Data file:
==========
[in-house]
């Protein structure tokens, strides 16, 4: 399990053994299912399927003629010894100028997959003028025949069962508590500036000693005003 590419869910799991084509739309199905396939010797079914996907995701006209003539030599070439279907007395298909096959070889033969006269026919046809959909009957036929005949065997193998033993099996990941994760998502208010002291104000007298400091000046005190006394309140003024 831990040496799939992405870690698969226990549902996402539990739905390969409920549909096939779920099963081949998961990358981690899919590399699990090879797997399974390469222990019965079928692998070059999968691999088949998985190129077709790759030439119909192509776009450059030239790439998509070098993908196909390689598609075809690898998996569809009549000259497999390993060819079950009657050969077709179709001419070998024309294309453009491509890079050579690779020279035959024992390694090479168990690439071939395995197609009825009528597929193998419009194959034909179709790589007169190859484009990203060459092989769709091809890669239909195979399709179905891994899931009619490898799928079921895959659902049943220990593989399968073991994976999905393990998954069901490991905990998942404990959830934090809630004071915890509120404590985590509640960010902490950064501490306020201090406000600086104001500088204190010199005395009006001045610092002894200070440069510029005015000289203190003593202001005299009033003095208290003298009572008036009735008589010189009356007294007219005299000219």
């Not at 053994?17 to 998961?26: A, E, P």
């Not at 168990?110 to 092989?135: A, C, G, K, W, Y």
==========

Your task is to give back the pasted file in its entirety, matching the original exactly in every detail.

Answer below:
[in-house]
């Protein structure tokens, strides 16, 4: 399990053994299912399927003629010894100028997959003028025949069962508590500036000693005003 590419869910799991084509739309199905396939010797079914996907995701006209003539030599070439279907007395298909096959070889033969006269026919046809959909009957036929005949065997193998033993099996990941994760998502208010002291104000007298400091000046005190006394309140003024 831990040496799939992405870690698969226990549902996402539990739905390969409920549909096939779920099963081949998961990358981690899919590399699990090879797997399974390469222990019965079928692998070059999968691999088949998985190129077709790759030439119909192509776009450059030239790439998509070098993908196909390689598609075809690898998996569809009549000259497999390993060819079950009657050969077709179709001419070998024309294309453009491509890079050579690779020279035959024992390694090479168990690439071939395995197609009825009528597929193998419009194959034909179709790589007169190859484009990203060459092989769709091809890669239909195979399709179905891994899931009619490898799928079921895959659902049943220990593989399968073991994976999905393990998954069901490991905990998942404990959830934090809630004071915890509120404590985590509640960010902490950064501490306020201090406000600086104001500088204190010199005395009006001045610092002894200070440069510029005015000289203190003593202001005299009033003095208290003298009572008036009735008589010189009356007294007219005299000219």
């Not at 053994?17 to 998961?26: A, E, P």
């Not at 168990?110 to 092989?135: A, C, G, K, W, Y």